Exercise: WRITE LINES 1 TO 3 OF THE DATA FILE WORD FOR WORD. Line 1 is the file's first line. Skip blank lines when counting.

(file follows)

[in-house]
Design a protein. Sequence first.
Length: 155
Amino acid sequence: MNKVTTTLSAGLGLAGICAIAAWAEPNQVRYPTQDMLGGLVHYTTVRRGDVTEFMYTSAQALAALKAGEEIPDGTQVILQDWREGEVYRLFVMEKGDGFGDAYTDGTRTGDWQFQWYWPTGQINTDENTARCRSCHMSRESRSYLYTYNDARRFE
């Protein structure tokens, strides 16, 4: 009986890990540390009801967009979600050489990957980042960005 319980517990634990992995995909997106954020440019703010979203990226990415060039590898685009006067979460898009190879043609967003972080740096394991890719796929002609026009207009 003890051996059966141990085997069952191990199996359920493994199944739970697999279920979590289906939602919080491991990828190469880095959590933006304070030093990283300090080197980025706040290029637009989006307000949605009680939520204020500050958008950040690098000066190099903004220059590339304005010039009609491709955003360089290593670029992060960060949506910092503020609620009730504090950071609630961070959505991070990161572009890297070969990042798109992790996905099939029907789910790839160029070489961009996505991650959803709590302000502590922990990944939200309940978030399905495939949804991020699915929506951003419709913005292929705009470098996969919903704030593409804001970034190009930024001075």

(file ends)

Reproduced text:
[in-house]
Design a protein. Sequence first.
Length: 155